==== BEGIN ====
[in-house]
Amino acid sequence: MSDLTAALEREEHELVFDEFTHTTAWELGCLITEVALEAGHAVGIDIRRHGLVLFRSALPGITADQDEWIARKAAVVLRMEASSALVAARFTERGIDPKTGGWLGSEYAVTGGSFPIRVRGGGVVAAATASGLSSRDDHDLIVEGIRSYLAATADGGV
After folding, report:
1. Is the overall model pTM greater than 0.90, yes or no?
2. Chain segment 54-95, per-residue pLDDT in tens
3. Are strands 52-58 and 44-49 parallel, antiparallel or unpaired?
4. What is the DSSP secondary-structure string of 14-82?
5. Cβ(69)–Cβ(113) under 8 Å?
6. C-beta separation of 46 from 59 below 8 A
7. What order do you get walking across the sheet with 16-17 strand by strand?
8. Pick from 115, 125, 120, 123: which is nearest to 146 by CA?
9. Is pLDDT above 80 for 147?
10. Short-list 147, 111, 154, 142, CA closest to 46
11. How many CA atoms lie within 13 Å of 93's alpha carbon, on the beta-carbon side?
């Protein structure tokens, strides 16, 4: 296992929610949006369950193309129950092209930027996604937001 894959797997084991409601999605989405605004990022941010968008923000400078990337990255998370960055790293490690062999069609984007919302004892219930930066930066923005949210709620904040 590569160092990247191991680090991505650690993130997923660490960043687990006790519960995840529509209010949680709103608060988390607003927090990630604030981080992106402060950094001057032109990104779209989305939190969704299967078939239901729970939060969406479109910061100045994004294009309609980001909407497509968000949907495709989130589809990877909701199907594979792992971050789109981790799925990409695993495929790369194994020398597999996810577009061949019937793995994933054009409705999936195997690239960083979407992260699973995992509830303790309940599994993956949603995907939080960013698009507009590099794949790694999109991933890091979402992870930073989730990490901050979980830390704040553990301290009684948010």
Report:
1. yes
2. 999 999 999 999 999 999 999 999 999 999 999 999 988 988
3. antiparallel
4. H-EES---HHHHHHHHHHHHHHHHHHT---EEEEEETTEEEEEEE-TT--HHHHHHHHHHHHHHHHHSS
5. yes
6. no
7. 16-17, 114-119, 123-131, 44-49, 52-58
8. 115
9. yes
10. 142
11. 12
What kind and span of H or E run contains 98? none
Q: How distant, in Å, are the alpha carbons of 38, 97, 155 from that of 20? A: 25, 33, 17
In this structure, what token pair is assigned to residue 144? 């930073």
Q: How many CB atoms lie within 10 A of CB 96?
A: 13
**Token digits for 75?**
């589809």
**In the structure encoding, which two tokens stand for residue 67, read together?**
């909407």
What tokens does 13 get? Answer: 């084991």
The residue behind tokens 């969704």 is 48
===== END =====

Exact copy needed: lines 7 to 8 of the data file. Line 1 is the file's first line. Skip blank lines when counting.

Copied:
4. What is the DSSP secondary-structure string of 14-82?
5. Cβ(69)–Cβ(113) under 8 Å?